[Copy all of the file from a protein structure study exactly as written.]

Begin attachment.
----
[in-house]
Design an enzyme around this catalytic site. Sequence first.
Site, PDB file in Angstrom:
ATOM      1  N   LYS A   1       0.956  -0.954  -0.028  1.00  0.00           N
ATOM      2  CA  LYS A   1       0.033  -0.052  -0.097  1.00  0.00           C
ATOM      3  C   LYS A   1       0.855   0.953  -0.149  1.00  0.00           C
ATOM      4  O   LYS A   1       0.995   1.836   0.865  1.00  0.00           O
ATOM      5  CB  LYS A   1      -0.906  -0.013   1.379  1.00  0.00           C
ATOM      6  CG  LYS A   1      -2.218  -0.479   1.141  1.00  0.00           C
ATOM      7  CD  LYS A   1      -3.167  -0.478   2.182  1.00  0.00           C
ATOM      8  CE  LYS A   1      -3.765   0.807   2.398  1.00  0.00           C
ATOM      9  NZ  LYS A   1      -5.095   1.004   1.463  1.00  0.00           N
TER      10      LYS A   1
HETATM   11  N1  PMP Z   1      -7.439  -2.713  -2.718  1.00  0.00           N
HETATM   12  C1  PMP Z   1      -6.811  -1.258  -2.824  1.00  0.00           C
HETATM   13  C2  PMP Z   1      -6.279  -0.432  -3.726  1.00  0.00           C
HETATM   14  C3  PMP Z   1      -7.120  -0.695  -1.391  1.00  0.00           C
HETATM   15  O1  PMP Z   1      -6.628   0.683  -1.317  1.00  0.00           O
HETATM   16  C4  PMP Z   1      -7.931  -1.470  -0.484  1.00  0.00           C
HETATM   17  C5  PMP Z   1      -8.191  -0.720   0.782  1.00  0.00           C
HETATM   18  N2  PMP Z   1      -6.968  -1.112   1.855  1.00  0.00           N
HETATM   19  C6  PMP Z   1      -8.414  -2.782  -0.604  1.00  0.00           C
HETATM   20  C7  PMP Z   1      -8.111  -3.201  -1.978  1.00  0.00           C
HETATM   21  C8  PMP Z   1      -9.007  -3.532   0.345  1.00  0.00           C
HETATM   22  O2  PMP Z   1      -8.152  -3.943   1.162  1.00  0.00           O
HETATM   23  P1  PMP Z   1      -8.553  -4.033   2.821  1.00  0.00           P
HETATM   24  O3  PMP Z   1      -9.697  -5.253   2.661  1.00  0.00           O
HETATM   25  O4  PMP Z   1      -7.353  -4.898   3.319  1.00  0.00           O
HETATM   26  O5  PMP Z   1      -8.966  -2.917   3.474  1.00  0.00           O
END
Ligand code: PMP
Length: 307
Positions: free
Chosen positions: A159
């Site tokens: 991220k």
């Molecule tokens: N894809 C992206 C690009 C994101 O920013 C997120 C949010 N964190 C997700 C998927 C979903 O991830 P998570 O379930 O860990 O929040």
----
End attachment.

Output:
[in-house]
Design an enzyme around this catalytic site. Sequence first.
Site, PDB file in Angstrom:
ATOM      1  N   LYS A   1       0.956  -0.954  -0.028  1.00  0.00           N
ATOM      2  CA  LYS A   1       0.033  -0.052  -0.097  1.00  0.00           C
ATOM      3  C   LYS A   1       0.855   0.953  -0.149  1.00  0.00           C
ATOM      4  O   LYS A   1       0.995   1.836   0.865  1.00  0.00           O
ATOM      5  CB  LYS A   1      -0.906  -0.013   1.379  1.00  0.00           C
ATOM      6  CG  LYS A   1      -2.218  -0.479   1.141  1.00  0.00           C
ATOM      7  CD  LYS A   1      -3.167  -0.478   2.182  1.00  0.00           C
ATOM      8  CE  LYS A   1      -3.765   0.807   2.398  1.00  0.00           C
ATOM      9  NZ  LYS A   1      -5.095   1.004   1.463  1.00  0.00           N
TER      10      LYS A   1
HETATM   11  N1  PMP Z   1      -7.439  -2.713  -2.718  1.00  0.00           N
HETATM   12  C1  PMP Z   1      -6.811  -1.258  -2.824  1.00  0.00           C
HETATM   13  C2  PMP Z   1      -6.279  -0.432  -3.726  1.00  0.00           C
HETATM   14  C3  PMP Z   1      -7.120  -0.695  -1.391  1.00  0.00           C
HETATM   15  O1  PMP Z   1      -6.628   0.683  -1.317  1.00  0.00           O
HETATM   16  C4  PMP Z   1      -7.931  -1.470  -0.484  1.00  0.00           C
HETATM   17  C5  PMP Z   1      -8.191  -0.720   0.782  1.00  0.00           C
HETATM   18  N2  PMP Z   1      -6.968  -1.112   1.855  1.00  0.00           N
HETATM   19  C6  PMP Z   1      -8.414  -2.782  -0.604  1.00  0.00           C
HETATM   20  C7  PMP Z   1      -8.111  -3.201  -1.978  1.00  0.00           C
HETATM   21  C8  PMP Z   1      -9.007  -3.532   0.345  1.00  0.00           C
HETATM   22  O2  PMP Z   1      -8.152  -3.943   1.162  1.00  0.00           O
HETATM   23  P1  PMP Z   1      -8.553  -4.033   2.821  1.00  0.00           P
HETATM   24  O3  PMP Z   1      -9.697  -5.253   2.661  1.00  0.00           O
HETATM   25  O4  PMP Z   1      -7.353  -4.898   3.319  1.00  0.00           O
HETATM   26  O5  PMP Z   1      -8.966  -2.917   3.474  1.00  0.00           O
END
Ligand code: PMP
Length: 307
Positions: free
Chosen positions: A159
């Site tokens: 991220k």
């Molecule tokens: N894809 C992206 C690009 C994101 O920013 C997120 C949010 N964190 C997700 C998927 C979903 O991830 P998570 O379930 O860990 O929040």